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Unformatted text preview: CHAPTER 9 INVENTORY COSTING AND CAPACITY ANALYSIS 9-2 The term direct costing is a misnomer for variable costing for two reasons: a. Variable costing does not include all direct costs as inventoriable costs. Only variable direct manufacturing costs are included. Any fixed direct manufacturing costs, and any direct nonmanufacturing costs (either variable or fixed), are excluded from inventoriable costs. b. Variable costing includes as inventoriable costs not only direct manufacturing costs but also some indirect costs (variable indirect manufacturing costs). 9-3 No. The difference between absorption costing and variable costs is due to accounting for fixed manufacturing costs. As service or merchandising companies have no fixed manufacturing costs, these companies do not make choices between absorption costing and variable costing. 9-4 The main issue between variable costing and absorption costing is the proper timing of the release of fixed manufacturing costs as costs of the period: a. at the time of incurrence, or b. at the time the finished units to which the fixed overhead relates are sold. Variable costing uses (a) and absorption costing uses (b). 9-7 Under absorption costing, heavy reductions of inventory during the accounting period might combine with low production and a large production volume variance. This combination could result in lower operating income even if the unit sales level rises. 9-1 9-8 (a) The factors that affect the breakeven point under variable costing are: 1. Fixed (manufacturing and operating) costs. 2. Contribution margin per unit. (b) The factors that affect the breakeven point under absorption costing are: 1. Fixed (manufacturing and operating) costs. 2. Contribution margin per unit. 3. Production level in units in excess of breakeven sales in units. 4. Denominator level chosen to set the fixed manufacturing cost rate. 9-9 Examples of dysfunctional decisions managers may make to increase reported operating income are: a. Plant managers may switch production to those orders that absorb the highest amount of fixed manufacturing overhead, irrespective of the demand by customers. b. Plant managers may accept a particular order to increase production even though another plant in the same company is better suited to handle that order. c. Plant managers may defer maintenance beyond the current period to free up more time for production. 9-10 Approaches used to reduce the negative aspects associated with using absorption costing include: a. Change the accounting system: • Adopt either variable or throughput costing, both of which reduce the incentives of managers to produce for inventory. • Adopt an inventory holding charge for managers who tie up funds in inventory....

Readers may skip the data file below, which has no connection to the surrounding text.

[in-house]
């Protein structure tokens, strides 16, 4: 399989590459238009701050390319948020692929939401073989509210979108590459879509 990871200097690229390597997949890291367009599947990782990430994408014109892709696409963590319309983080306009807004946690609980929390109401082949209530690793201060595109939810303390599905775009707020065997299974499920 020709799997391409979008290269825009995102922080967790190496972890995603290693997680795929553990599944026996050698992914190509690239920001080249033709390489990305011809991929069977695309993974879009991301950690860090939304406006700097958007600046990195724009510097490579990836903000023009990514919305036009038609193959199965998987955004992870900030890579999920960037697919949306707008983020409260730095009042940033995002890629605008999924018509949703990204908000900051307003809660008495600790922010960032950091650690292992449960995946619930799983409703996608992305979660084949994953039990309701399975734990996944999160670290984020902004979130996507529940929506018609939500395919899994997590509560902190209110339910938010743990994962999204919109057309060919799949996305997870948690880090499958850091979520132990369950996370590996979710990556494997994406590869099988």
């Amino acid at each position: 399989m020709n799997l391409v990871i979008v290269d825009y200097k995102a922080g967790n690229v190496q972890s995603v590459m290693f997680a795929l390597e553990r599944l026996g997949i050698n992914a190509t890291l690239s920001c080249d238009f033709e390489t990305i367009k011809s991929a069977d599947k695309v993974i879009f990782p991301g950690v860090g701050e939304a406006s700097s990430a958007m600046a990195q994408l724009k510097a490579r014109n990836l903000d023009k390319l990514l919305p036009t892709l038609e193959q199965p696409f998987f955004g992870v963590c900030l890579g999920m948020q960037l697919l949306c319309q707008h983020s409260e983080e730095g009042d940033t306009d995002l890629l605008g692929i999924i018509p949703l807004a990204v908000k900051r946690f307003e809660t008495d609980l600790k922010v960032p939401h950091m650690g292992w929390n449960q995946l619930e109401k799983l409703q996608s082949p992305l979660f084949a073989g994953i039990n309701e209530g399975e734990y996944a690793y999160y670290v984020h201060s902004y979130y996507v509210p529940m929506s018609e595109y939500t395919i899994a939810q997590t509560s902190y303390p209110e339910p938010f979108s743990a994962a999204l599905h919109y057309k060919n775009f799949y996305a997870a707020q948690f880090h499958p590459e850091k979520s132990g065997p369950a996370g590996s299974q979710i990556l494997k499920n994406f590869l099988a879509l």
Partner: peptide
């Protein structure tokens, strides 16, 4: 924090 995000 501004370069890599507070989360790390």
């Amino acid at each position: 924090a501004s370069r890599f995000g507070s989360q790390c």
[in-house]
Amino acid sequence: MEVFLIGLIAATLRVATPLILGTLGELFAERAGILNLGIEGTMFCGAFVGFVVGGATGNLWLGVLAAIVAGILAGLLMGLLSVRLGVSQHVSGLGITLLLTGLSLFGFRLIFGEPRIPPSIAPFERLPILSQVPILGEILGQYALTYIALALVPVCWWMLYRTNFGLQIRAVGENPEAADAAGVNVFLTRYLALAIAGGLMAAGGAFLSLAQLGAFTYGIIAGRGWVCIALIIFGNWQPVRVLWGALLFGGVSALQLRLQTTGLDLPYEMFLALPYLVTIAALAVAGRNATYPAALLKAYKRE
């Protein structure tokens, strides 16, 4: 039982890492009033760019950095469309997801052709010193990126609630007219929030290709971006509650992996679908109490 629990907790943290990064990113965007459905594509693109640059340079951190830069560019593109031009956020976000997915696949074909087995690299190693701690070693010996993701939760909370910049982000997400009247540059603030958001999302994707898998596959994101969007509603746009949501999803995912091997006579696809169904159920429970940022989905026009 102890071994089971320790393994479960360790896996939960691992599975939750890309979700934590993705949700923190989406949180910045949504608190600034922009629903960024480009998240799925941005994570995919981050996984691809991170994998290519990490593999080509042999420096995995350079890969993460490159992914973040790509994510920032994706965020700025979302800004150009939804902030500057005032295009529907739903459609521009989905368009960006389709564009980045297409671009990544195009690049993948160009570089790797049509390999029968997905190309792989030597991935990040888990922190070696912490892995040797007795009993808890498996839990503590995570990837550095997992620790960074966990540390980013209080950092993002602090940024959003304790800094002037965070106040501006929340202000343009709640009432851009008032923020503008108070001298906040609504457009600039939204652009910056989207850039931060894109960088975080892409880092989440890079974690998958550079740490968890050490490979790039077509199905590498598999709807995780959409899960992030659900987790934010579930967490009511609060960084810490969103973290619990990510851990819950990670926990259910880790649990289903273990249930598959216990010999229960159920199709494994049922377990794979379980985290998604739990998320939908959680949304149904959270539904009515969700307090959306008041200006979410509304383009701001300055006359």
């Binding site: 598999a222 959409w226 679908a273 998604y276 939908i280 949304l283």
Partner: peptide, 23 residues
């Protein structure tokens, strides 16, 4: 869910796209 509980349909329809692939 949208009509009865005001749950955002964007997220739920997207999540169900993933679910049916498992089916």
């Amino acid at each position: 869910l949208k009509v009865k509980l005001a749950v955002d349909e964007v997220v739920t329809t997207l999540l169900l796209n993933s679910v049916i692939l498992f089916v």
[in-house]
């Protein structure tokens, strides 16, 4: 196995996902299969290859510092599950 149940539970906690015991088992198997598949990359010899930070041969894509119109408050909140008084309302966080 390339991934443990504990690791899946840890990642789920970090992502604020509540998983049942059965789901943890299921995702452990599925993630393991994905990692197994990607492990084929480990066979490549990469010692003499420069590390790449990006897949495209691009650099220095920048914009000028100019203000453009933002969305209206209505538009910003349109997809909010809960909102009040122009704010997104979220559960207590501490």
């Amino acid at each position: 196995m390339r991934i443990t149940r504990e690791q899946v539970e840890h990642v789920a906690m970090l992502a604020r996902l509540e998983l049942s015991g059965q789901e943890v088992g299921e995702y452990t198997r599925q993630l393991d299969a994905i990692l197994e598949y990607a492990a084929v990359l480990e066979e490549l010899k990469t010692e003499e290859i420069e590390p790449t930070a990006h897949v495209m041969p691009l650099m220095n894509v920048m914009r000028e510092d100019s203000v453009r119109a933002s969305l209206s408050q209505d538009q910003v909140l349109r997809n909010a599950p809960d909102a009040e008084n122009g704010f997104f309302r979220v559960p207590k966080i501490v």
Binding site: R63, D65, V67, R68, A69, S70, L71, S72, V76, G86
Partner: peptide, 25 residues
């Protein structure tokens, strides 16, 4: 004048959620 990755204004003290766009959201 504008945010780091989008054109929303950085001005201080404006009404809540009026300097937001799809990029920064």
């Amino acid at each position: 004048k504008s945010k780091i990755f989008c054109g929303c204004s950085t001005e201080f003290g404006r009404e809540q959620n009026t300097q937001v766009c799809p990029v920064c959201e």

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This note was uploaded on 12/11/2009 for the course ACCT 300 taught by Professor Balt during the Spring '08 term at University of Baltimore.
- Spring '08